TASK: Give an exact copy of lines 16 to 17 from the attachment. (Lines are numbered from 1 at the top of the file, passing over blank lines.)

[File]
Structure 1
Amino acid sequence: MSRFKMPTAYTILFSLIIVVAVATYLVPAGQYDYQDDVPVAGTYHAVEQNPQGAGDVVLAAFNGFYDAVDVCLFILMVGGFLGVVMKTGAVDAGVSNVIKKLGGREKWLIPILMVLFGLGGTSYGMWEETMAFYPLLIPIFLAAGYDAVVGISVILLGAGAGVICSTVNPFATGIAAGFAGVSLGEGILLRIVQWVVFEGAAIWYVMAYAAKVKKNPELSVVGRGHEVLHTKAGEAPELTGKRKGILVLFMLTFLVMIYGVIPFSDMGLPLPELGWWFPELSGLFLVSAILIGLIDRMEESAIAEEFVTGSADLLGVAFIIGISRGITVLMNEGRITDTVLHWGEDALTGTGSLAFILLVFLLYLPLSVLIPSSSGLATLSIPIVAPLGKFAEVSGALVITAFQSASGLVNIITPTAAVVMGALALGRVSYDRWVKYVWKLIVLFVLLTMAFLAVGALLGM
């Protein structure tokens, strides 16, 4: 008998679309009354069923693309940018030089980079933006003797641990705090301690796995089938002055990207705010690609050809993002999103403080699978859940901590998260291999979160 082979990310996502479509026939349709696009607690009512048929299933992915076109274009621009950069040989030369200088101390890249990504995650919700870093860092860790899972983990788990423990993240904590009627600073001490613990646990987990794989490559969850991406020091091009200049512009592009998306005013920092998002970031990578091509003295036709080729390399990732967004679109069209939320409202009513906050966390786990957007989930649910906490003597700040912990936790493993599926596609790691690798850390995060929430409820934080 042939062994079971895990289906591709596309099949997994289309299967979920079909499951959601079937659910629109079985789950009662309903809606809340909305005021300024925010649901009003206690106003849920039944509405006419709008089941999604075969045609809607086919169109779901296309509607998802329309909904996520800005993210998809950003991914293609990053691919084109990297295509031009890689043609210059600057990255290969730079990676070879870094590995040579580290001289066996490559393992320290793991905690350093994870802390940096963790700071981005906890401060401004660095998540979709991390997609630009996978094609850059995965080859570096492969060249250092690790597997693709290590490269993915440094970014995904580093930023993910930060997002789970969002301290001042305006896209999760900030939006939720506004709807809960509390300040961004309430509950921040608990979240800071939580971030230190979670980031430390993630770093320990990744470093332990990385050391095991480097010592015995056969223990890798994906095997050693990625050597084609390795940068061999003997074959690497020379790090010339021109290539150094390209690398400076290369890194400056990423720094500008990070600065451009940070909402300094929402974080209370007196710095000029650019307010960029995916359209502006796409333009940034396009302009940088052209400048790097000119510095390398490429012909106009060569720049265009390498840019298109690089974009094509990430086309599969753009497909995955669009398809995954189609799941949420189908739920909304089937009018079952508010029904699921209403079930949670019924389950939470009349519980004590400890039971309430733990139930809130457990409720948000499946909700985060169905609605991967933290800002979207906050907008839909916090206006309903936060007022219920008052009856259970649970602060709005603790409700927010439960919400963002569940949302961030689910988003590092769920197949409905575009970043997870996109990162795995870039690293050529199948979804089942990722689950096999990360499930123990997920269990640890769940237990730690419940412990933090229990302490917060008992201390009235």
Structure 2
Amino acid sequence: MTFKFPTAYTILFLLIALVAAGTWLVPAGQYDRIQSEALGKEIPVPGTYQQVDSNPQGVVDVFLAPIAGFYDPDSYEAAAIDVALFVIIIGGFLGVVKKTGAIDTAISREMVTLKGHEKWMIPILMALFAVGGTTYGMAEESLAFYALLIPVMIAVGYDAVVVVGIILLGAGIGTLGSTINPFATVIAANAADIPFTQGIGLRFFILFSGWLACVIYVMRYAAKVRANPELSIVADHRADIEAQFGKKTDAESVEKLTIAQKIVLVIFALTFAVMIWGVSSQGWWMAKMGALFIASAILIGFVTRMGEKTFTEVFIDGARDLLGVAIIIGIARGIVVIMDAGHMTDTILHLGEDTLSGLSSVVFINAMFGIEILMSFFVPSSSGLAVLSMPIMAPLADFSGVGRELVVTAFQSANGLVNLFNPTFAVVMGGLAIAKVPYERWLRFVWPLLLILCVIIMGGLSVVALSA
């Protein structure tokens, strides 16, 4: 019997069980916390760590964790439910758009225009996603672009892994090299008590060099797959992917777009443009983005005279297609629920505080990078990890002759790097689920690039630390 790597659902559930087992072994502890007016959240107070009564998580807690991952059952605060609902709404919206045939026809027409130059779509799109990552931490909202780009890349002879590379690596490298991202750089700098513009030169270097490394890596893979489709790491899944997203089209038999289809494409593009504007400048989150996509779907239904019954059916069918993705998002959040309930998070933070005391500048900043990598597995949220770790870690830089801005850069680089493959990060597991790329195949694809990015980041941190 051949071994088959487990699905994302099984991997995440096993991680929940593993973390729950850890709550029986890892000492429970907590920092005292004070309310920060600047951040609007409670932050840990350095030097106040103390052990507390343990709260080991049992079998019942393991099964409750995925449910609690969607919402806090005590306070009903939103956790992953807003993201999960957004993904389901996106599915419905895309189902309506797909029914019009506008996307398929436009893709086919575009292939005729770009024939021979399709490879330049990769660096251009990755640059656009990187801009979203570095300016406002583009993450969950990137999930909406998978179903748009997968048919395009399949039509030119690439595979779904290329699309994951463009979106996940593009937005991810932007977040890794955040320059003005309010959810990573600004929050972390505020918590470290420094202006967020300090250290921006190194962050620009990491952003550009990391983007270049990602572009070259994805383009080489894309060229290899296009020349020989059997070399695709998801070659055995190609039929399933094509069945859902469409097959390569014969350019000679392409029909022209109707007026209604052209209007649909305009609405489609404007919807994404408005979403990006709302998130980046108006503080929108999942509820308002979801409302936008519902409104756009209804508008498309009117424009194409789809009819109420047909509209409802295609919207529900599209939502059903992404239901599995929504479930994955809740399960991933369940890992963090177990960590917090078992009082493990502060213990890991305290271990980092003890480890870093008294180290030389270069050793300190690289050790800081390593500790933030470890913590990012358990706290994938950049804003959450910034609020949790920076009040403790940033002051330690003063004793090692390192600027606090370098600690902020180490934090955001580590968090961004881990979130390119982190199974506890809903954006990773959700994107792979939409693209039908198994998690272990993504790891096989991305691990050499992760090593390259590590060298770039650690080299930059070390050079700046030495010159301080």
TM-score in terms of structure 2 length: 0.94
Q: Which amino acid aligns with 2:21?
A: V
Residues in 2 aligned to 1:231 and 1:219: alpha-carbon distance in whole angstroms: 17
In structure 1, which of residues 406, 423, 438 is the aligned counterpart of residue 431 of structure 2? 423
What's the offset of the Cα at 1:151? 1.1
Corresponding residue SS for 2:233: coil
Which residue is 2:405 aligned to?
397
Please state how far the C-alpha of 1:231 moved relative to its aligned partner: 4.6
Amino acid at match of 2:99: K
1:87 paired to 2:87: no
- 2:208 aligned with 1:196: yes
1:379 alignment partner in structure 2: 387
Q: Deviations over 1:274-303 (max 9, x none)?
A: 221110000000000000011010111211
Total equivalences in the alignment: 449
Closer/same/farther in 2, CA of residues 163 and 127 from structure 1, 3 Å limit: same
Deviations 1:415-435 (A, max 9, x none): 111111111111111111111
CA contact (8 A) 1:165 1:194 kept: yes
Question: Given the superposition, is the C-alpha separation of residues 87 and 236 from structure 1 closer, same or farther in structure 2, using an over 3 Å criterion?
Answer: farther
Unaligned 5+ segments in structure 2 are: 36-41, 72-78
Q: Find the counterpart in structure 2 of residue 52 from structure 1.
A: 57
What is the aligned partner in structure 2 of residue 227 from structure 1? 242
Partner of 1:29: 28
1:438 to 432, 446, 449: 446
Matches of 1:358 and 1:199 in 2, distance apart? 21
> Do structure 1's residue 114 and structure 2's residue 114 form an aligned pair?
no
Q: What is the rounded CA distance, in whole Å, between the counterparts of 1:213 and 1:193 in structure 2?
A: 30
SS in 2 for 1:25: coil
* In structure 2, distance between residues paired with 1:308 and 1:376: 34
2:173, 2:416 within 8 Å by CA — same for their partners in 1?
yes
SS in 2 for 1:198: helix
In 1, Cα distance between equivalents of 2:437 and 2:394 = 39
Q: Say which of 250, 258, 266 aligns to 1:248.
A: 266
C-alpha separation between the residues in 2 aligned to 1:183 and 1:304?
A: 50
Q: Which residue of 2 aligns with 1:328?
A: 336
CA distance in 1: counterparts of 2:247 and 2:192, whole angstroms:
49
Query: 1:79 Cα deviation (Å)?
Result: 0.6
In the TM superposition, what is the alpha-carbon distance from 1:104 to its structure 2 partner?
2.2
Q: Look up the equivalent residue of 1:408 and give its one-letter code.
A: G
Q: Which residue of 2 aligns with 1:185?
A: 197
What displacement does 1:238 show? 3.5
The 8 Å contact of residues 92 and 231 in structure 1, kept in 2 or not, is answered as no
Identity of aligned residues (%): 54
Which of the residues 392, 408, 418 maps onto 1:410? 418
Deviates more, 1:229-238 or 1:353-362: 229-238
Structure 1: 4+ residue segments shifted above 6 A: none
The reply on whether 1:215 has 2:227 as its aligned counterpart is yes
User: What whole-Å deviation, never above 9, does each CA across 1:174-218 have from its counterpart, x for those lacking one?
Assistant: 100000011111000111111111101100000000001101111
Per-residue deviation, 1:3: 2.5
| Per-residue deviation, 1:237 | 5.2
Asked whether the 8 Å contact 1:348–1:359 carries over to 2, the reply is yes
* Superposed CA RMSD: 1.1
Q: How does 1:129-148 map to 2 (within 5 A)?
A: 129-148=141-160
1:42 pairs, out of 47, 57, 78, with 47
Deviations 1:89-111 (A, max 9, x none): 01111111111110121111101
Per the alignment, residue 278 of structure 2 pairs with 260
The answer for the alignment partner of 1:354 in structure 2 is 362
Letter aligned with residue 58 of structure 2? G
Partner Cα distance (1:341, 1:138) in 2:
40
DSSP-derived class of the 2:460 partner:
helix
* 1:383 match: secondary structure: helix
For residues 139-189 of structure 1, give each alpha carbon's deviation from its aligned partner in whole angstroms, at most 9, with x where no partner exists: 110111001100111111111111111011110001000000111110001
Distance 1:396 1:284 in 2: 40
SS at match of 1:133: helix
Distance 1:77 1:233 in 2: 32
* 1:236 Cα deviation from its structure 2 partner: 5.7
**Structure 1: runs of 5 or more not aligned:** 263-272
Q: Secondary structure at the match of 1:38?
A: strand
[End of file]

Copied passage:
Please state how far the C-alpha of 1:231 moved relative to its aligned partner: 4.6
Amino acid at match of 2:99: K